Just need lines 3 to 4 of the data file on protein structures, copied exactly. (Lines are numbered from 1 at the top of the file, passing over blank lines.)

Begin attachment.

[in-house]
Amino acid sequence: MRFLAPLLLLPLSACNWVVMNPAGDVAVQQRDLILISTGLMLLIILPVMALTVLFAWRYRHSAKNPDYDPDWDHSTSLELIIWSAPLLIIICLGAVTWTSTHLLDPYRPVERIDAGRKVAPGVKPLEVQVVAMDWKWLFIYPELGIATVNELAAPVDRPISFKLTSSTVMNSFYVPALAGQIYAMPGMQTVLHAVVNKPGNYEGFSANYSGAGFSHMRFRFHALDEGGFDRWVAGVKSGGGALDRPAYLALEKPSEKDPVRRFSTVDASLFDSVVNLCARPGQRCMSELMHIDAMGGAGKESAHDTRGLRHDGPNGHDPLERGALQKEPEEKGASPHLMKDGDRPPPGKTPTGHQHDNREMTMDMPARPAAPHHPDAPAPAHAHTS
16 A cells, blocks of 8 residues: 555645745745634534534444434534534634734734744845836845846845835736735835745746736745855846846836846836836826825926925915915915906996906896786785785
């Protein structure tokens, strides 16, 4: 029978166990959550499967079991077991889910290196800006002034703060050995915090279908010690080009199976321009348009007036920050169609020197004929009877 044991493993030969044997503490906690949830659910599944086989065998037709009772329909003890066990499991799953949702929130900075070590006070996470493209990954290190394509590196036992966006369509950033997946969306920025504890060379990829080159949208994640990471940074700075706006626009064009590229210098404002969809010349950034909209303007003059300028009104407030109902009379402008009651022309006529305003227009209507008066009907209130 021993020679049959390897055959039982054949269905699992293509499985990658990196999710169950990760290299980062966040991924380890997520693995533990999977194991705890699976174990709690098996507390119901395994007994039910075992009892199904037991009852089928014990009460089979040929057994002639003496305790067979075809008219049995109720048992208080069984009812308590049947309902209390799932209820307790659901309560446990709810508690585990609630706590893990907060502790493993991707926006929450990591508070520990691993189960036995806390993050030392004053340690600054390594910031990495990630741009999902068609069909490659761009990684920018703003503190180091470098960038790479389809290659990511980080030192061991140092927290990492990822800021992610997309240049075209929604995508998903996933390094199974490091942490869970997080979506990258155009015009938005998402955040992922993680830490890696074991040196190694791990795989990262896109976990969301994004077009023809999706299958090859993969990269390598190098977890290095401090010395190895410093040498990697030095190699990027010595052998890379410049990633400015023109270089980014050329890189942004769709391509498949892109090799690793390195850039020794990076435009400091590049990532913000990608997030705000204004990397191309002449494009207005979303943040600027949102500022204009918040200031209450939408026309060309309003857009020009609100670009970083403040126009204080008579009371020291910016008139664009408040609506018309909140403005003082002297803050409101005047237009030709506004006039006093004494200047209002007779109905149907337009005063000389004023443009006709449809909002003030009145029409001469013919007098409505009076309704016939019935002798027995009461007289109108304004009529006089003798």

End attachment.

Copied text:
16 A cells, blocks of 8 residues: 555645745745634534534444434534534634734734744845836845846845835736735835745746736745855846846836846836836826825926925915915915906996906896786785785
């Protein structure tokens, strides 16, 4: 029978166990959550499967079991077991889910290196800006002034703060050995915090279908010690080009199976321009348009007036920050169609020197004929009877 044991493993030969044997503490906690949830659910599944086989065998037709009772329909003890066990499991799953949702929130900075070590006070996470493209990954290190394509590196036992966006369509950033997946969306920025504890060379990829080159949208994640990471940074700075706006626009064009590229210098404002969809010349950034909209303007003059300028009104407030109902009379402008009651022309006529305003227009209507008066009907209130 021993020679049959390897055959039982054949269905699992293509499985990658990196999710169950990760290299980062966040991924380890997520693995533990999977194991705890699976174990709690098996507390119901395994007994039910075992009892199904037991009852089928014990009460089979040929057994002639003496305790067979075809008219049995109720048992208080069984009812308590049947309902209390799932209820307790659901309560446990709810508690585990609630706590893990907060502790493993991707926006929450990591508070520990691993189960036995806390993050030392004053340690600054390594910031990495990630741009999902068609069909490659761009990684920018703003503190180091470098960038790479389809290659990511980080030192061991140092927290990492990822800021992610997309240049075209929604995508998903996933390094199974490091942490869970997080979506990258155009015009938005998402955040992922993680830490890696074991040196190694791990795989990262896109976990969301994004077009023809999706299958090859993969990269390598190098977890290095401090010395190895410093040498990697030095190699990027010595052998890379410049990633400015023109270089980014050329890189942004769709391509498949892109090799690793390195850039020794990076435009400091590049990532913000990608997030705000204004990397191309002449494009207005979303943040600027949102500022204009918040200031209450939408026309060309309003857009020009609100670009970083403040126009204080008579009371020291910016008139664009408040609506018309909140403005003082002297803050409101005047237009030709506004006039006093004494200047209002007779109905149907337009005063000389004023443009006709449809909002003030009145029409001469013919007098409505009076309704016939019935002798027995009461007289109108304004009529006089003798």